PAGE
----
Why We Need an Advocate
According to the National Eating Disorders Association, “by age 6 girls especially start to express concerns about their own weight or shape, and 40-60% of elementary girls (ages 6-12) are concerned about their weight or about becoming too fat” (Smolak, 2011). While all genders, ages, and cultures are at risk for body image issues, young women today are struggling quietly. Girls do not want to bother their friends or their parents with questions about their changing bodies (much like their mommas don’t want to bother their friends with their own body image concerns).
We need to empower each other to speak up. If we, as adult women who serve as aunts, mothers, sisters, friends, and daughters, continue to hide our body image concerns, how will our young women learn to speak up? How will anyone know that we need help if we remain silent?
If we empower the next generation to speak, then we will know better how to help them. We will know how to advocate for them. When questions of value and identity mount, one thing is true for all of us. Every girl, young or old, needs an advocate.
When reflecting on some of the most courageous and dynamic advocates in history, I can’t help but remember the first powerful female literary character I encountered in college. Paulina is one of Shakespeare’s finest women, and one of her most famous lines in The Winter’s Tale commands even the most Shakespeare-weary audience member to perk up and listen.
In a passionate moment, Paulina commands the stage and advocates for her spurned queen: “It is a heretic that makes the fire, not she which burns in it” (2.3. 115-116).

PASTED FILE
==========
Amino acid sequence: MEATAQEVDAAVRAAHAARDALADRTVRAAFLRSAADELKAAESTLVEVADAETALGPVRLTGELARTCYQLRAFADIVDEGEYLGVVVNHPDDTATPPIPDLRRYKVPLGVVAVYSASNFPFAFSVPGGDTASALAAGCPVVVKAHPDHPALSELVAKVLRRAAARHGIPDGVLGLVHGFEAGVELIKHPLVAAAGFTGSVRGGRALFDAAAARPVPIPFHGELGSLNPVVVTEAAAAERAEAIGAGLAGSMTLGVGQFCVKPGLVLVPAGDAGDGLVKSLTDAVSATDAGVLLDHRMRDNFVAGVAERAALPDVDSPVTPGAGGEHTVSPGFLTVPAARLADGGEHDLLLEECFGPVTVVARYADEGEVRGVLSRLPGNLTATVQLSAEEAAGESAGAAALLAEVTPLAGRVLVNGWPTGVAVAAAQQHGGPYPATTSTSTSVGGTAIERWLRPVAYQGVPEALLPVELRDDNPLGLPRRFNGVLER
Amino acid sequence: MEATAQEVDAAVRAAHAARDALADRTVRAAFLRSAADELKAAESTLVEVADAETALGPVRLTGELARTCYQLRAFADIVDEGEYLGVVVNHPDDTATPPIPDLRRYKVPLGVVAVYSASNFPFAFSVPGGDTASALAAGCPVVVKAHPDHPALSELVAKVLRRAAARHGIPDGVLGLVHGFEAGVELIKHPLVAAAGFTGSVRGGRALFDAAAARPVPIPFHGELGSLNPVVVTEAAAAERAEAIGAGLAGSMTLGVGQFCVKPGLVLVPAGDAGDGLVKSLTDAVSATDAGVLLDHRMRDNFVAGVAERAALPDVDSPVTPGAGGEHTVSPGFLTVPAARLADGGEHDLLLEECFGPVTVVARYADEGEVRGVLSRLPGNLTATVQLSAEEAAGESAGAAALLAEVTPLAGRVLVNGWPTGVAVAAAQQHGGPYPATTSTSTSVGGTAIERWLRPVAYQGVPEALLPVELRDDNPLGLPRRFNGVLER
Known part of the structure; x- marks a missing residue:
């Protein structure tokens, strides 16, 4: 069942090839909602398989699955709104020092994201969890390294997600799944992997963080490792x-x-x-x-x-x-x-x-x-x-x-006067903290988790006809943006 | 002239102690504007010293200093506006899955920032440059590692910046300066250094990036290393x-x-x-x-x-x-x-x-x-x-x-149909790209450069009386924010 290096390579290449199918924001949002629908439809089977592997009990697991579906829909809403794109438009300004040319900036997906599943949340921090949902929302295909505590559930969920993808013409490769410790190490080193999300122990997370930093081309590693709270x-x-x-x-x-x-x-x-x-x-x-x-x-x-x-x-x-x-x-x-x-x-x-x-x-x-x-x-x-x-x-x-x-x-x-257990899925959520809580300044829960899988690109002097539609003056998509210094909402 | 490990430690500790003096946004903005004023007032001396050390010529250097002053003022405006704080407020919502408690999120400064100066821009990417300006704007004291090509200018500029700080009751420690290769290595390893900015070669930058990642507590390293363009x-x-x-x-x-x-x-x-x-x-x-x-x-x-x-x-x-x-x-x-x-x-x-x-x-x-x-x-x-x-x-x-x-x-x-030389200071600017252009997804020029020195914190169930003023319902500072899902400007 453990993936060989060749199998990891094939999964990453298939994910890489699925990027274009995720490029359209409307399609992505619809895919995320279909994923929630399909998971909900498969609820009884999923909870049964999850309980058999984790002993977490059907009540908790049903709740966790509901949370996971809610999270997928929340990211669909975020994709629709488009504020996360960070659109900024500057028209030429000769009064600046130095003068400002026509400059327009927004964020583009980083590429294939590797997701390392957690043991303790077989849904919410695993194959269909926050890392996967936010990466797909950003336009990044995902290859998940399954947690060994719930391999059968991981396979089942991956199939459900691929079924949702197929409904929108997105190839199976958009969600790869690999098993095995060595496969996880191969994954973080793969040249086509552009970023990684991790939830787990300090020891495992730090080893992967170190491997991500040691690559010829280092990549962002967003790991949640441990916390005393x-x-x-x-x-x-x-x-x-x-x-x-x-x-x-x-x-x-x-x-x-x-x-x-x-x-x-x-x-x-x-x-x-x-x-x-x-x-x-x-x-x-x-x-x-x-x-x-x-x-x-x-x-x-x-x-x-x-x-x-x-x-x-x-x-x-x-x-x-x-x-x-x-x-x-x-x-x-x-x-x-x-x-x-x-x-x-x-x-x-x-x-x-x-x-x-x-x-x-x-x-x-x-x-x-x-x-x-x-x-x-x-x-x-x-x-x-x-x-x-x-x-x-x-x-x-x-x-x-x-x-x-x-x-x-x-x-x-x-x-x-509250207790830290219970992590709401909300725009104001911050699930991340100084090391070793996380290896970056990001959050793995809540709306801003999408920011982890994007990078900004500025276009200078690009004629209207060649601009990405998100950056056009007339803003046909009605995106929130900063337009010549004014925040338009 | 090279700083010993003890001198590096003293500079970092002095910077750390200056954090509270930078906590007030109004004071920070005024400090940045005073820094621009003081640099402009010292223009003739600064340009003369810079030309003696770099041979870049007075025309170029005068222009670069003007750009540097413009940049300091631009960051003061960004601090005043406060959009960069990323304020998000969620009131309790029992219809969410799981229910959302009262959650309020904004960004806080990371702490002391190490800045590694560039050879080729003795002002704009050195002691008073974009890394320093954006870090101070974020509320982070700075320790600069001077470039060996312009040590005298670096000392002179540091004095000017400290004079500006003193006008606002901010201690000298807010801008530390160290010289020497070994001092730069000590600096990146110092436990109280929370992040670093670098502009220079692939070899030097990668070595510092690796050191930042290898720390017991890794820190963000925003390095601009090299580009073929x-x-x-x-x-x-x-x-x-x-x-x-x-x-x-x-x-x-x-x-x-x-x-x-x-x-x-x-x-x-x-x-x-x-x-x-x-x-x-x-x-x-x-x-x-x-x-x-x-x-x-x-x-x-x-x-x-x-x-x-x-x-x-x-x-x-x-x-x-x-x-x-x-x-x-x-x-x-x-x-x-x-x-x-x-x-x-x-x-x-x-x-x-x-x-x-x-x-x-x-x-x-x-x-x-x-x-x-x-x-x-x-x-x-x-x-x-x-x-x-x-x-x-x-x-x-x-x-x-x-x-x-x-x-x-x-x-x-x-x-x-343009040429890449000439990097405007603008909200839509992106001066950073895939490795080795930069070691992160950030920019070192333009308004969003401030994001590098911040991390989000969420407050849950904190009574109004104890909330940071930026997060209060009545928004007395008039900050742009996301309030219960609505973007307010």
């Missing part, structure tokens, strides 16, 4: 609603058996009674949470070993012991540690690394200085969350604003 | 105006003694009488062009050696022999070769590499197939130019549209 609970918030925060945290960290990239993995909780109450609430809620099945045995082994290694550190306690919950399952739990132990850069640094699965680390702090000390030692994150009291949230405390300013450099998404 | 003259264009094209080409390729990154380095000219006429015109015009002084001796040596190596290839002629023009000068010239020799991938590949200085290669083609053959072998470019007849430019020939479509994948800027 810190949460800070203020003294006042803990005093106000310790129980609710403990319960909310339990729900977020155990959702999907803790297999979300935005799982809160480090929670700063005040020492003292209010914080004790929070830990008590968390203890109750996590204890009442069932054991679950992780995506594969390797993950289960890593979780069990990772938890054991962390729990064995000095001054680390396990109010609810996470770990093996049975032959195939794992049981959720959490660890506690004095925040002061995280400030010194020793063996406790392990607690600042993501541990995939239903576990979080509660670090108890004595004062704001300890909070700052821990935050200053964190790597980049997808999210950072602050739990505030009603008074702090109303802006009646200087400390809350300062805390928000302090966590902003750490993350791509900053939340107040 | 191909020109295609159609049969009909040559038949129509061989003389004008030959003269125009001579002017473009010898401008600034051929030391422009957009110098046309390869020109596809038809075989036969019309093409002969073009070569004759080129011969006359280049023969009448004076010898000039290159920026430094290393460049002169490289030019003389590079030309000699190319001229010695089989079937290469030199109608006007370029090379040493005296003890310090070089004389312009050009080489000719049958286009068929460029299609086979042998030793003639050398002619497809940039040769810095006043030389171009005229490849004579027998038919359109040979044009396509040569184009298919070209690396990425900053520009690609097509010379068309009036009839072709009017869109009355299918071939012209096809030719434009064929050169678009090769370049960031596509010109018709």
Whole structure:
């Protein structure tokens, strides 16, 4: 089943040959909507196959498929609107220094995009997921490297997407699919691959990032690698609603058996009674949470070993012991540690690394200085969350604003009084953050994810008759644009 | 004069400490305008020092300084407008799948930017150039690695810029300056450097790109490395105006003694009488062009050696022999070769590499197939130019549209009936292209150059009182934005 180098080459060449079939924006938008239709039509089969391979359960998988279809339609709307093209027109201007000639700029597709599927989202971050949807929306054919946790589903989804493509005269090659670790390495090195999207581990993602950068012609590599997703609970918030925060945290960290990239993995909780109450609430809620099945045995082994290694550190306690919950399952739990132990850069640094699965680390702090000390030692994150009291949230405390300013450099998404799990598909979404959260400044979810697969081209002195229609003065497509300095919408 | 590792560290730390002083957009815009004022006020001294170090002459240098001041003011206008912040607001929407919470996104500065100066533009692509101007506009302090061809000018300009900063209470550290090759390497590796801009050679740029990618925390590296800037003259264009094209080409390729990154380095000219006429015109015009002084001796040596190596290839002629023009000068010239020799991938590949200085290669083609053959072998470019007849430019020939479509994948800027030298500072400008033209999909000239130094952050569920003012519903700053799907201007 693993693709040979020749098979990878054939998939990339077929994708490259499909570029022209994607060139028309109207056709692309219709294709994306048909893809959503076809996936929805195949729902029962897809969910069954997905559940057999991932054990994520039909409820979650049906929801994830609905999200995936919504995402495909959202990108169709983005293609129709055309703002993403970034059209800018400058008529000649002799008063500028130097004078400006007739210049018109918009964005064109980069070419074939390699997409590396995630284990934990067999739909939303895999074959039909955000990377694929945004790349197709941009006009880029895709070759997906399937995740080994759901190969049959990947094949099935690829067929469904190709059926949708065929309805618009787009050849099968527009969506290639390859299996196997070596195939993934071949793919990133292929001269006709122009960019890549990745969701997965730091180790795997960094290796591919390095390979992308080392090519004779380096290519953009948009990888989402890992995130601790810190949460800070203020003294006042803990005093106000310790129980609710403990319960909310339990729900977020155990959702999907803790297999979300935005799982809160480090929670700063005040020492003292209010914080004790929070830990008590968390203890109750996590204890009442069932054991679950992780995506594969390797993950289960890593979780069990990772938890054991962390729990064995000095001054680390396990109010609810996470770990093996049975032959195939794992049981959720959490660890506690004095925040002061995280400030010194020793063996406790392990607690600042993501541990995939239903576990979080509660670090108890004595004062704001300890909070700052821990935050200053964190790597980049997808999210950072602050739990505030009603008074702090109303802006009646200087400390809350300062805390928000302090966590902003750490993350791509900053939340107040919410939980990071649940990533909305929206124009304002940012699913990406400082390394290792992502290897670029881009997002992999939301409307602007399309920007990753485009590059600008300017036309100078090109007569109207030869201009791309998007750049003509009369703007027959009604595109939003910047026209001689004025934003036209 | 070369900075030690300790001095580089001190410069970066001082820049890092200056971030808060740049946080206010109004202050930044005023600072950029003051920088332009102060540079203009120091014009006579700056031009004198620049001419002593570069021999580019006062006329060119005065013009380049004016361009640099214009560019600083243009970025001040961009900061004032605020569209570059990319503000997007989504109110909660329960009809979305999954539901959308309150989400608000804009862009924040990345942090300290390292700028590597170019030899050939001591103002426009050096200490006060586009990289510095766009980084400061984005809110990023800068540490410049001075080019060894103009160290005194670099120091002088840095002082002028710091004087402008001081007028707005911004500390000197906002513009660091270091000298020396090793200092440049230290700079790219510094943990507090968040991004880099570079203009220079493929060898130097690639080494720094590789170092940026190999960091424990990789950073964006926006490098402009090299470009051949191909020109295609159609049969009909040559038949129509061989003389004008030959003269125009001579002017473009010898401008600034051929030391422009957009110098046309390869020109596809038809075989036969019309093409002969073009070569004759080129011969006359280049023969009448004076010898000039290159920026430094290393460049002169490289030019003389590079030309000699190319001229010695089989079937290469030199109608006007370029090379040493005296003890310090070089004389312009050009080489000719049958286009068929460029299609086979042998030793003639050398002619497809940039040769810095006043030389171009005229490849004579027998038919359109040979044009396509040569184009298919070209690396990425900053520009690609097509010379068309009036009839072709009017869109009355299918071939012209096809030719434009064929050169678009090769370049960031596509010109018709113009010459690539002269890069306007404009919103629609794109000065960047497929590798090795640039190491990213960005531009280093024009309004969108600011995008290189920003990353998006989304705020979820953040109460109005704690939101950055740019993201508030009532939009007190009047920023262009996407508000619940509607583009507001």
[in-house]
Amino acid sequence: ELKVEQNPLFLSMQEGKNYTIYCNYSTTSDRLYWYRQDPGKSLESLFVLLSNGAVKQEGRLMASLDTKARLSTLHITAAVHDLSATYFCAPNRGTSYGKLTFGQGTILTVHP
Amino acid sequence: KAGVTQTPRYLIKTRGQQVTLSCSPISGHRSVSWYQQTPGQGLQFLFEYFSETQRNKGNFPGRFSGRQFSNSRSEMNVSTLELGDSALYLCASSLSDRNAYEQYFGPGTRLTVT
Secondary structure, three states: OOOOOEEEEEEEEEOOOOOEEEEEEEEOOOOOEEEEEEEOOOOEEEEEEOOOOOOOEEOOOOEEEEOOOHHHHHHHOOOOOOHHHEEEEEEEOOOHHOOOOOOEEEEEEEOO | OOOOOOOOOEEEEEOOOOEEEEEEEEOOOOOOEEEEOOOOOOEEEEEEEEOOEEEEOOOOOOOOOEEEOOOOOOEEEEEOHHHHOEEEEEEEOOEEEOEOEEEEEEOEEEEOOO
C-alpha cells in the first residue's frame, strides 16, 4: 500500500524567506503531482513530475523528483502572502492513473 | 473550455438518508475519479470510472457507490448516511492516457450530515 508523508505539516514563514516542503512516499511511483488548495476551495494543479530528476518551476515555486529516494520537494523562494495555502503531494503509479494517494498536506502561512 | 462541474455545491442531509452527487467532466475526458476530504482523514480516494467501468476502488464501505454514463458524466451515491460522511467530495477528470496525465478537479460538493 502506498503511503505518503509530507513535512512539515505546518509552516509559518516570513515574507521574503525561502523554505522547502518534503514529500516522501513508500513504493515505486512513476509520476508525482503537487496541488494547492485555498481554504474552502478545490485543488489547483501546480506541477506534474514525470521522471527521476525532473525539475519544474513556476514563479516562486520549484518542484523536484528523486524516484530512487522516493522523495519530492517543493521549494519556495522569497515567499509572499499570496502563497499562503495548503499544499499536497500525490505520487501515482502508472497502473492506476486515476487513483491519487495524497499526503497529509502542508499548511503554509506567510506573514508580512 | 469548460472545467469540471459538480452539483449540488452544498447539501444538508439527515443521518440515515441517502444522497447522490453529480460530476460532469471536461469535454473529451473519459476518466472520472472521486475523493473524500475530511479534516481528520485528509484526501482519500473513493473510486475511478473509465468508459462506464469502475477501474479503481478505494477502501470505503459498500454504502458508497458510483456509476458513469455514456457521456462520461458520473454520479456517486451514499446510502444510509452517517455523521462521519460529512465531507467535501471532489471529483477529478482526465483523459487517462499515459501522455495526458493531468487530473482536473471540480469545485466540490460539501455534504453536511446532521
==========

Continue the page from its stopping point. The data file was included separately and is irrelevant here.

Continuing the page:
In one of his final plays, The Winter’s Tale, Shakespeare introduces us to Leontes – a passionate, angsty, and jealous king who is convinced that his wife, the gorgeous, pure-hearted, and compassionate Queen Hermione, has been unfaithful in their marriage (Sound kind of like, Othello, right?). King Leontes spends the first half of the playmaking a full-hearted fool of himself and eventually banishes his wife for her alleged unfaithfulness. His madness overtakes his reason.
In this kingdom ruled by men, Queen Hermione has one advocate – Paulina. She is force and a storm. She speaks honestly and courageously for her queen, and she puts her life at risk to advocate for good. When Paulina calls Leontes to the mat and straight-faced calls him out for being “unworthy and unnatural,” all he can respond with is a childish threat. “I’ll ha’ thee burnt,” King Leontes bullies.
And this is where Paulina shines. She keeps her composure, raises herself even taller, and fearlessly looks him in the eye. She responds masterfully.
“I care not.
It is a heretic that makes the fire,
Not she which burns in it” (2.3. 115-116).